Peter Chamberlin

web person

Triangular limits

More effective teams and meetings with maths,

Of course no-one likes meetings. That's a given. We know they can be productive, even inspirational, but that is too rarely the case in reality. More often they are a boring distraction, stealing us away from our valuable work.

My instinct has always been that a major enemy is group size. It seems like the greater the number of people involved the less value a meeting yields. Actually it feels like meetings get unwieldy really quickly over a certain number of people, and recently something very simple occurred to me that might help explain it.

The idea is that for any group of people collaborating - in a team, a working group, or any kind of meeting - each line of communication incurs a cost. That is, each person knowing who some other person is, why they are there, and how they influence the broader context, carries a cost to the overall group.

Some attendees will be more involved or interested than others, some will contribute only a little, some none at all, but let's assume that the costs even out. That gives us a really simple model where any group is a complete graph, this is to say a graph where every pair of vertices is connected by an undirected edge, and all edges incur the same cost.

In fact at this point we have formulated the handshake problem, a maths teaser which asks, "in a room of n people, how many handshakes are possible?"

The solution is a simple modification of the formula for the nth triangular number:

Tn = n(n-1)/2

It gives the following series:

0, 1, 3, 6, 10, 15, 21, 28, 36, 45, …

The number of handshakes needed for all the group to meet each other grows quite quickly.

Applying that back to our premise, for a team of 10 people there would be 45 individual lines of communication between pairs. That's a lot of potential communication overhead, and the cost of adding another person to the group would be another 10 connections.

Bringing a new person "into the loop" with any large-ish group might be deceptively costly. We should try where possible not to include people unnecessarily.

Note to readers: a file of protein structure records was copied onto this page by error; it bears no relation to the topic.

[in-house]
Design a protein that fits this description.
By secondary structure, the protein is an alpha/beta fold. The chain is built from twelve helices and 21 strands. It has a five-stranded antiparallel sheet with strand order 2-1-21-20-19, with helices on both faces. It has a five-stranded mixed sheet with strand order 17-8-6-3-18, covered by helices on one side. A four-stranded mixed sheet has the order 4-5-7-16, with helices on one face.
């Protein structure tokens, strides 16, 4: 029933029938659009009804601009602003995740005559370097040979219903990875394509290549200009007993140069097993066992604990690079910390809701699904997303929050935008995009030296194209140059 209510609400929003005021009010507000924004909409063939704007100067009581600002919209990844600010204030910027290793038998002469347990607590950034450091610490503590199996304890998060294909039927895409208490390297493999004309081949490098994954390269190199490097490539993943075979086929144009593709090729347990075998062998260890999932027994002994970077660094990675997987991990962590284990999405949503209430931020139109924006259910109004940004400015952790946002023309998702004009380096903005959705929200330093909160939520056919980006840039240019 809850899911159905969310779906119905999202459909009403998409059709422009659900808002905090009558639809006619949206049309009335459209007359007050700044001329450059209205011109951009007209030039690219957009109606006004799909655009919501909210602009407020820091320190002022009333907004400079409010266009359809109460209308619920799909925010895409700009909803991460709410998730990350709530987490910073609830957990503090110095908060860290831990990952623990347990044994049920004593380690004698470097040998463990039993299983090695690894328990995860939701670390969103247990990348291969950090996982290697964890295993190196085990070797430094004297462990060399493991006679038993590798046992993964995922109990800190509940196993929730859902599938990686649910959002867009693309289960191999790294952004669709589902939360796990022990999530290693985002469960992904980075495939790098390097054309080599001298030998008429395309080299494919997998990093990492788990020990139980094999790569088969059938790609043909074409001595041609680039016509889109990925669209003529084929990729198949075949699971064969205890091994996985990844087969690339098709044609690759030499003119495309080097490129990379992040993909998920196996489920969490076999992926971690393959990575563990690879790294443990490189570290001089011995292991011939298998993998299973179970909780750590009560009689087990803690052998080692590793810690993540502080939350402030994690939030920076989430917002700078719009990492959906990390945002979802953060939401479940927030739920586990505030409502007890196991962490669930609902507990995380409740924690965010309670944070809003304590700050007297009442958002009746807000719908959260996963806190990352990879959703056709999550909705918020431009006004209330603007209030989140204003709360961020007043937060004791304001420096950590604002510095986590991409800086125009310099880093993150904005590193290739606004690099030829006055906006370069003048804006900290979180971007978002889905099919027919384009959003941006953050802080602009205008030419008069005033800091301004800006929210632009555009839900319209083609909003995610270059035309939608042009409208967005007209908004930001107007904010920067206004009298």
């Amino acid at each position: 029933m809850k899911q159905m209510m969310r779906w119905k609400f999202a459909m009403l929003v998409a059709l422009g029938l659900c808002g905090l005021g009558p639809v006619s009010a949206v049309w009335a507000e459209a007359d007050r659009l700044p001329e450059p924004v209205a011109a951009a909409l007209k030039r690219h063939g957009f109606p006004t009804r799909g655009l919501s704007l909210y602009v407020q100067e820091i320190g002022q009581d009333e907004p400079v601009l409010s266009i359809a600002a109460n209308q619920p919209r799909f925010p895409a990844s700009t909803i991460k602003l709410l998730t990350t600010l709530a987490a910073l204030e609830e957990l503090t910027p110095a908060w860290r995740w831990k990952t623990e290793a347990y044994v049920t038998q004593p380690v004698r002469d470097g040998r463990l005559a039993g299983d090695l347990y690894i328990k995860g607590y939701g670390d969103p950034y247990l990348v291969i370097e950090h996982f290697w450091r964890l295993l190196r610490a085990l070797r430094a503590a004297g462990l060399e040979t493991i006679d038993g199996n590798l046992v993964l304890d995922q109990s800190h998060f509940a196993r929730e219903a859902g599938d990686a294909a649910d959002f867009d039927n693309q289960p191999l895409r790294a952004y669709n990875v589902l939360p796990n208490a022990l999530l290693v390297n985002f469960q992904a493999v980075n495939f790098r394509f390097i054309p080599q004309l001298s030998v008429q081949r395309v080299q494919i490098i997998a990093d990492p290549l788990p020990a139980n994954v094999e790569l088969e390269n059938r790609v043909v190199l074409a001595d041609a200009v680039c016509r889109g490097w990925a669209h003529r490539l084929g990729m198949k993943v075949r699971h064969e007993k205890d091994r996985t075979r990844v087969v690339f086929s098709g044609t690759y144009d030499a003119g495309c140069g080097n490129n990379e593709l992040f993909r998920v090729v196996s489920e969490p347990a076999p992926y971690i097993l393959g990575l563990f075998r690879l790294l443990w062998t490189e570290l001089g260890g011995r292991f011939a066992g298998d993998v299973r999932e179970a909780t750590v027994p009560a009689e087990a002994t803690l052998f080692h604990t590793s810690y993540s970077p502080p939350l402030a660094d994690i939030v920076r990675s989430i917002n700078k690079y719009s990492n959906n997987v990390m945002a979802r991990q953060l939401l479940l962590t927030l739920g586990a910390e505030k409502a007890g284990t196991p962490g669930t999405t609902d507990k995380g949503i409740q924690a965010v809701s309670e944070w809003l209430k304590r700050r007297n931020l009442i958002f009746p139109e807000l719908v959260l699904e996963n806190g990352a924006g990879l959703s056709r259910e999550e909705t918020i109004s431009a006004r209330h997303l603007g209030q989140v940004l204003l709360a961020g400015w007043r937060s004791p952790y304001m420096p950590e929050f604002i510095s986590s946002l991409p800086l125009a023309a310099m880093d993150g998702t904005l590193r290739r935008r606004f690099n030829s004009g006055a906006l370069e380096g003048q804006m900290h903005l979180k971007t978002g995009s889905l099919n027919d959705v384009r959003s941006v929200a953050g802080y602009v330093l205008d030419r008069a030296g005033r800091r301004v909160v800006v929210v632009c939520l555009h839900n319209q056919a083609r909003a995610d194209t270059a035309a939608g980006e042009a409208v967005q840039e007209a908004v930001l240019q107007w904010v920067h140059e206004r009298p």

That's no great revelation.

What's interesting is that if you had the same number of people but split them into two groups you'd only have twenty-one lines of communication. That's less than half.

The implication is that if you can split a meeting in two and later reconcile the two groups in a single meeting between two people, then you might reduce the upper bound of communication complexity in the group by better than half.

Rather than just trying to have fewer people in meetings, even greater value might be achieved by reducing the number of things a meeting is concerned with. Make meetings smaller by splitting out the things they are responsible for, delegate each concern to a sub-group.

Although it seems more complicated to have groups report into groups, maybe it's less complex?

Communcation complexity means potential for confusion, misunderstanding, a tendency towards inertia, etc.

I can think of lots of negative connotations but I can't think of many positive ones. Perhaps transparency, or a feeling of inclusion for certain parties in the organisation? Those are important things to consider.

I find this model compelling. It appeals to my instincts and assumptions as a developer, and I'm trying to apply it at work. I think striking the balance between being inclusive and being efficient is the tough one to make.

I'd be really interested to hear from you if you've got any thoughts on this. You can find me on Twitter.

The reason I blogged it is because Matthew Clarke sounded interested when I mentioned it in the pub, so thanks Matthew.